1. It eliminates harmful environmental emissions normally associated with rosin-based fluxes, flux thinner (such as iso-propyl alcohol), and associated defluxing agents (such as 1,1,1-trichloroethane). Indeed, cleaning of the flux is simply done in warm or hot water. Thus, the new flux is environmentally safe.
2. It provides soldering personnel with a nontoxic, extremely safe, and highly effective flux to use.
3. Its use cuts the actual soldering time by approximately 50%. This enables automated soldering, using liquid wave soldering, to proceed at a rate twice as fast as with rosin-based solders, thereby subjecting electronic components to the heat of the solder for a far shorter period of time.
4. Defluxing (cleaning) time is cut from ten to fifteen minutes per unit (in CFC degreaser) to about one minute (in heated water).
5. Wave soldered assemblies can be cleaned in deionized water, thus eliminating the high capital cost of vapor degreasing equipment. The recurring costs of solvents and the costs associated with redistillation are also eliminated.
6. Use of the flux of the invention eliminates the need for costly control of solvent usage and equipment permits required by local environmental agencies (such as AQMD in the Los Angeles basin).
7. Use of the flux significantly reduces waste disposal and waste management costs; the flux is biodegradable and water soluble.
8. Use of the flux of the invention provides solder joints that evidence high metallic luster and excellent electrical quality.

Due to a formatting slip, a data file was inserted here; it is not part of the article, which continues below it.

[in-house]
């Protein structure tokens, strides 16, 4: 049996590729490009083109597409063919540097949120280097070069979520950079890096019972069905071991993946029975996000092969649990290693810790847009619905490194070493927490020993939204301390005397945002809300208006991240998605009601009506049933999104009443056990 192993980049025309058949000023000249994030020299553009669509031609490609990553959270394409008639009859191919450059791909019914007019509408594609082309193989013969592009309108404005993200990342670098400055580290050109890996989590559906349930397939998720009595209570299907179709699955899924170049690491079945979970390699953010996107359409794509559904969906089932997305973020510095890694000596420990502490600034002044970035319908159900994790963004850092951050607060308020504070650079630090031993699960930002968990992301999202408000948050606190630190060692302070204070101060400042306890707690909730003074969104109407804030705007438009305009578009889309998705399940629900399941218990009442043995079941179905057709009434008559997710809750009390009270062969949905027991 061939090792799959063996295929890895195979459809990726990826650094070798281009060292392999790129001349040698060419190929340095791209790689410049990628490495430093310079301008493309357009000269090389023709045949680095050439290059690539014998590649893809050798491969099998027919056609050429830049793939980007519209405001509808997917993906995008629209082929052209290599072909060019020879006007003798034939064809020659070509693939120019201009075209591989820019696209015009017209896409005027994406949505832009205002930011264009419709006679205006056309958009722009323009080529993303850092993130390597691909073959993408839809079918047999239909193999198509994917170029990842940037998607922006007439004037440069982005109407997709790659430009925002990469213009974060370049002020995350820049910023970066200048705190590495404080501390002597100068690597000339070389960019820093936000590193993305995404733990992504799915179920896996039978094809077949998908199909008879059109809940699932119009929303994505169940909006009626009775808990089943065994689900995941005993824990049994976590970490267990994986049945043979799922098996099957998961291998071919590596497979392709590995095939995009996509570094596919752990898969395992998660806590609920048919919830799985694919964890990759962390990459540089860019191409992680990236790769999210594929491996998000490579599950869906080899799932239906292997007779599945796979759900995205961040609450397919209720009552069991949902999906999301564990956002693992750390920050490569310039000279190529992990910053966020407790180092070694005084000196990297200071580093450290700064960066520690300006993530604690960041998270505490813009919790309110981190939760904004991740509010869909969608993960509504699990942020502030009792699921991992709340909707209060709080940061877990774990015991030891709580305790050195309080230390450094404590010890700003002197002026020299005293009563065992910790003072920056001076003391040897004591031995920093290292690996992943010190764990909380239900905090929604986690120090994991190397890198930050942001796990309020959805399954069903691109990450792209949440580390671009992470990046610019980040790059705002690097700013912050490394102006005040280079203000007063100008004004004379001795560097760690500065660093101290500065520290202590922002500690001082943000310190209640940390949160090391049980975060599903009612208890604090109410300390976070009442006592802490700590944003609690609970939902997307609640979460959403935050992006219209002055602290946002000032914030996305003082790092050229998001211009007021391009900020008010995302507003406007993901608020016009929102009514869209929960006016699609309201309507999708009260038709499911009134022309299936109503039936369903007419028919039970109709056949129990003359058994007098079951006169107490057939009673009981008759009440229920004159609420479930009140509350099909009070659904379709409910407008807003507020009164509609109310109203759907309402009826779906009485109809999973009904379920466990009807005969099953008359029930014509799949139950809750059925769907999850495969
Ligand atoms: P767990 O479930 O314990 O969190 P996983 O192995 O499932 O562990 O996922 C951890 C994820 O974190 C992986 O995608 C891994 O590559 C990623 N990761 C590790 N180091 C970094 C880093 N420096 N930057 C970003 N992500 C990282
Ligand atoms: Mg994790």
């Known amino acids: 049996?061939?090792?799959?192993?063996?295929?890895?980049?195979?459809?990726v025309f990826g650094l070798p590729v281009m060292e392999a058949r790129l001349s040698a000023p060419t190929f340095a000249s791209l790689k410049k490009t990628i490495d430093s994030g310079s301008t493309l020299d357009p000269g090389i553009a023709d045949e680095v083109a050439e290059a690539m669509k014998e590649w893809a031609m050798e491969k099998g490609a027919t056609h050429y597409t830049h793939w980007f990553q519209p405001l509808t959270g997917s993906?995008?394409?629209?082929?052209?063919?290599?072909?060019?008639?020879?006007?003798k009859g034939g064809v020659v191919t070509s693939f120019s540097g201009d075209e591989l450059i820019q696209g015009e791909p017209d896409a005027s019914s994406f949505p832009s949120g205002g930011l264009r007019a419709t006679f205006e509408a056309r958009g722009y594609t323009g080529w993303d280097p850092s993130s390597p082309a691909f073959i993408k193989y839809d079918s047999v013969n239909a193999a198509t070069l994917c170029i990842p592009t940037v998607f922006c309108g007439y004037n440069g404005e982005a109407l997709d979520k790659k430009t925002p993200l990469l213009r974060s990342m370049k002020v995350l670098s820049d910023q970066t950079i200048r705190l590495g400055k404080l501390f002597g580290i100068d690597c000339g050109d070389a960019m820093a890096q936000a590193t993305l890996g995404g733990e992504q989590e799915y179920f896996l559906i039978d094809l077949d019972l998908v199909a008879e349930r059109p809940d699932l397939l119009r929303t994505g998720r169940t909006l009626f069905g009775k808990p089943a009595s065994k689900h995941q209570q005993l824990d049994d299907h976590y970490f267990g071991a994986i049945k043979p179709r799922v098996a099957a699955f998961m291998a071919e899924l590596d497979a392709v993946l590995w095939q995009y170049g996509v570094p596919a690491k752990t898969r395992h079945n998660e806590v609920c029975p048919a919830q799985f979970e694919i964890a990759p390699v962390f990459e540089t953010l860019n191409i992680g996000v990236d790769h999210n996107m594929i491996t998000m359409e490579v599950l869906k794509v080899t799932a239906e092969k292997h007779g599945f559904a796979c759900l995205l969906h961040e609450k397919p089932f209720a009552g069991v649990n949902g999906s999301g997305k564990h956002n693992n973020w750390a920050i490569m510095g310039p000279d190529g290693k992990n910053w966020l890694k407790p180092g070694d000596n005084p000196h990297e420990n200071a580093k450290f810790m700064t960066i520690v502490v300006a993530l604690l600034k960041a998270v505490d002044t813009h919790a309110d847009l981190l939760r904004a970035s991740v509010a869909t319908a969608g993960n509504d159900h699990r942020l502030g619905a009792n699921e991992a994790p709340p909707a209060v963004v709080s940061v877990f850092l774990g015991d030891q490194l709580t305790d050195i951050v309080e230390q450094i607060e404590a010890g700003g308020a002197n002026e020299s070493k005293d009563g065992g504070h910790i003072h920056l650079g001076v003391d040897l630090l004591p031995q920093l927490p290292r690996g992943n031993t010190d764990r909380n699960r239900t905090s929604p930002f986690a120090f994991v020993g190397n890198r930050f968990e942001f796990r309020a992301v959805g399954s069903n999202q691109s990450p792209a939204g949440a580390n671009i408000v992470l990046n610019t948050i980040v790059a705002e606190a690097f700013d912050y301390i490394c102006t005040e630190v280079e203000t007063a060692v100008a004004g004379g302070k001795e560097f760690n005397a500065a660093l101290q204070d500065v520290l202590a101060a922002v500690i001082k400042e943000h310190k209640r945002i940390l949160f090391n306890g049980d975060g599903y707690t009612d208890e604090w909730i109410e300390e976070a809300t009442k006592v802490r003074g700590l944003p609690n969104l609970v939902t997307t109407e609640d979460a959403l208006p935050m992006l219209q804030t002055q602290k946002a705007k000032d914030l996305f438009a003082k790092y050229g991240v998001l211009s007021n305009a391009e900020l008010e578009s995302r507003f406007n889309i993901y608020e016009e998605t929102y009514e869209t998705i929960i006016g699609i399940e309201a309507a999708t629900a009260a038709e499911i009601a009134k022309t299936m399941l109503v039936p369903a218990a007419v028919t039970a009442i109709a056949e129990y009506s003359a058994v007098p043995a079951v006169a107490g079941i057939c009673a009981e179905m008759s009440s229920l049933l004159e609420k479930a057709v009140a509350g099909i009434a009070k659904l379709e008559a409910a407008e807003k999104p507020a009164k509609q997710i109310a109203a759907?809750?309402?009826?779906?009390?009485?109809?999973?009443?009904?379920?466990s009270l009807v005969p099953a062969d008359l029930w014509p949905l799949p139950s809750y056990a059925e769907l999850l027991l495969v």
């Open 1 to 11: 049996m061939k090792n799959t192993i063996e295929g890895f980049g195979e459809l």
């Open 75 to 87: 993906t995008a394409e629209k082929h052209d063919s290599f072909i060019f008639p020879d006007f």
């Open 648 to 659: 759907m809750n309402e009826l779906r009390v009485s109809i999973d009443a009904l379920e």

The solder flux of the invention is expected to find use in commercial liquid manual and automatic soldering operations, particularly in soldering electrical components in circuit boards.
Example 1. Flux Activation Test
A flux activation test, comparing prior art fluxes (RMA, Alpha 857, Kester 2224) to the flux of the invention (citric acid solution), was performed by applying various fluxes to copper panels (2 inch x 2 inch), then drying the flux at 230° F. for 1 hour. The fluxed specimens were then cleaned and evaluated. Table I lists the composition of the flux and its appearance. RMA refers to Kester 185 rosin mildly active; Alpha 857 and Kester 2224 are water-soluble fluxes. The concentration of citric acid used was 900 g of citric acid powder per liter of water. The flux of the invention is a clear liquid.
TABLE I______________________________________Flux Composition Appearance______________________________________RMA, Kester 185 no chemical reaction to copperAlpha 857 severe chemical reaction to copper (multi-colored etch)Kester 2224 severe chemical reaction to copper (multi-colored etch)Citric Acid no chemical reaction to copper______________________________________
The flux of the invention was on a comparable level with RMA, whereas the two commercial brands of water-soluble fluxes appeared as aggressors to copper. It was clear from the test that the flux of the invention is a unique flux and should not be placed in the category of commercial water-soluble fluxes.
Without subscribing to any particular theory, it appears that the flux of the invention acts as a chelating agent, attacking oxides without attacking the basis metal.